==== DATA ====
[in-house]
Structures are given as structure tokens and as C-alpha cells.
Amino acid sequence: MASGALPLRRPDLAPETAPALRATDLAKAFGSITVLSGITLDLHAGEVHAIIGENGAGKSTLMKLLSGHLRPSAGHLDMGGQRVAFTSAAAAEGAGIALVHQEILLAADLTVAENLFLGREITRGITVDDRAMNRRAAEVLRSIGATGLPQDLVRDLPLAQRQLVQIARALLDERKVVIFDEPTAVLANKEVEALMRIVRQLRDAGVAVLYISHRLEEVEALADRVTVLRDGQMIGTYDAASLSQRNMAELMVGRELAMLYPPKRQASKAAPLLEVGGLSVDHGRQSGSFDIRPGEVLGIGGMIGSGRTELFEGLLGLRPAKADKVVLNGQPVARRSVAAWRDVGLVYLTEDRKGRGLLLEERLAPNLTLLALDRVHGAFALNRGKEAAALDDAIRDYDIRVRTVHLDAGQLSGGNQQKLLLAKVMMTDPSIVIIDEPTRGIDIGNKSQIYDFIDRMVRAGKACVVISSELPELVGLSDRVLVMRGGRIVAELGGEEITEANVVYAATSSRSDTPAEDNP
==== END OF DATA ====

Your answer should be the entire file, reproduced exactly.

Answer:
[in-house]
Structures are given as structure tokens and as C-alpha cells.
Amino acid sequence: MASGALPLRRPDLAPETAPALRATDLAKAFGSITVLSGITLDLHAGEVHAIIGENGAGKSTLMKLLSGHLRPSAGHLDMGGQRVAFTSAAAAEGAGIALVHQEILLAADLTVAENLFLGREITRGITVDDRAMNRRAAEVLRSIGATGLPQDLVRDLPLAQRQLVQIARALLDERKVVIFDEPTAVLANKEVEALMRIVRQLRDAGVAVLYISHRLEEVEALADRVTVLRDGQMIGTYDAASLSQRNMAELMVGRELAMLYPPKRQASKAAPLLEVGGLSVDHGRQSGSFDIRPGEVLGIGGMIGSGRTELFEGLLGLRPAKADKVVLNGQPVARRSVAAWRDVGLVYLTEDRKGRGLLLEERLAPNLTLLALDRVHGAFALNRGKEAAALDDAIRDYDIRVRTVHLDAGQLSGGNQQKLLLAKVMMTDPSIVIIDEPTRGIDIGNKSQIYDFIDRMVRAGKACVVISSELPELVGLSDRVLVMRGGRIVAELGGEEITEANVVYAATSSRSDTPAEDNP